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State Enters Fray Between Faculty, Administrators

Education: Instructors at Irvine Valley College say new policy limits role. Administration says it's merely about level of pay.

June 20, 1998|ROBERT OURLIAN | TIMES STAFF WRITER

State officials have begun an investigation into the stormy relationship between faculty members and administrators at Irvine Valley College, saying the district's alleged exclusion of instructors from campus decision making may violate state regulations.

If it does, the South Orange County Community College District, which runs Irvine Valley College and Saddleback College in Mission Viejo, stands to lose more than $4 million in state aid.

Instructors at the college have been feuding with administrators for more than a year, saying the administration has not involved them properly in decisions about courses, accreditation and professional development, as state regulations require. School administrators deny the allegations.

Thomas J. Nussbaum, state community colleges chancellor, said in a June 5 letter announcing the investigation that complying with the regulations is a "minimum condition" of receiving state aid.

"The chancellor's office is required to investigate alleged violations of minimum condition regulations," he wrote to Kathleen O'Connell Hodge, acting chancellor of the South County district.

Hodge said the district is within the law and that the dispute with instructors is over compensation for serving on decision-making committees, not an unwillingness to involve them in decisions.

Relations between the faculty and administrators worsened last July after administrators curtailed a traditional practice that released instructors from their teaching duties to perform nonteaching functions, such as serving on curriculum committees or filling other decision-making roles. The move meant faculty members would perform those duties at reduced pay or on their own time.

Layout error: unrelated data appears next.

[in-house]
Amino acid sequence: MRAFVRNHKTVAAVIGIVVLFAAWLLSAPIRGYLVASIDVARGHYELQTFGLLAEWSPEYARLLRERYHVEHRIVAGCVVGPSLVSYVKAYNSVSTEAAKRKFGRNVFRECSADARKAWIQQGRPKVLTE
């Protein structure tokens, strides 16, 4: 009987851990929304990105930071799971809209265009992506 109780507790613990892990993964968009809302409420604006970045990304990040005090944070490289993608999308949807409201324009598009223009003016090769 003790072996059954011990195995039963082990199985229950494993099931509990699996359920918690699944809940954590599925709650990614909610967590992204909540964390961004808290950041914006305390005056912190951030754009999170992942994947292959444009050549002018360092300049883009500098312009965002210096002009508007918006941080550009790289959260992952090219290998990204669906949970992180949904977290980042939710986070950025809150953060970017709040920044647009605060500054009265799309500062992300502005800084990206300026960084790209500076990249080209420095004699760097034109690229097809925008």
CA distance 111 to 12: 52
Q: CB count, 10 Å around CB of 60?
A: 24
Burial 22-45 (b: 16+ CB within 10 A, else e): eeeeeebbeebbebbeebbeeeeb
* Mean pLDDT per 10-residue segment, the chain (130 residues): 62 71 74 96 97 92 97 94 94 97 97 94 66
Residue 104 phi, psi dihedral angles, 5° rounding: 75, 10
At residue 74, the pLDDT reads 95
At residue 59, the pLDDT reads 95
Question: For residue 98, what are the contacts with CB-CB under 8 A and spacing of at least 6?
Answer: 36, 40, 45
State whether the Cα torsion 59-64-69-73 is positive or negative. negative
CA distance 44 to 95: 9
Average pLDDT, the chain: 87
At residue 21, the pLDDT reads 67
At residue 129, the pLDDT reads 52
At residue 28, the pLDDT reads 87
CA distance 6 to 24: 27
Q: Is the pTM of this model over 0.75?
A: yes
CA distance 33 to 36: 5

In response, the faculty-run Academic Senate declined to appoint a faculty member to head the curriculum committee, which oversees course content. Administrators said they then had little choice but to appoint an administrator to oversee the process, which traditionally is the domain of instructors.

"Curriculum obviously is the fundamental tool of education, and it's very important that there is participation by the faculty in this process," Hodge said. But she added that she would not allow the dispute to hold up the process.

A new labor agreement between the district and the Faculty Association, which represents instructors, replaces much of the release time with stipends, or cash bonuses, for nonteaching work.

But if the state decides Irvine Valley has to pay instructors more to compensate them for their participation in nonteaching activities, the school plans to argue that there are insufficient funds to cover those costs and ask the state to pay the bill, Hodge said.

John S. Williams, president of the college district's Board of Trustees, said faculty members disgruntled over the loss of what he called lucrative release time are behind the state investigation.

"I think this is just the Academic Senate pleading their case for more reassigned time," he said.

However, faculty members said the district's new administrative approach is the problem.

"They've been breaking the law on this campus for more than a year, and it's finally got the attention of the state," said Roy Bauer, an Irvine Valley College ethics professor.

The $4.4 million in state apportionment funds represents about 6% of the budget for the two colleges, which serve about 33,000 students.

Kyle Orr, spokesman for state Chancellor Nussbaum, said the state office could not elaborate on the investigation other than to say the local district must respond by July 10.

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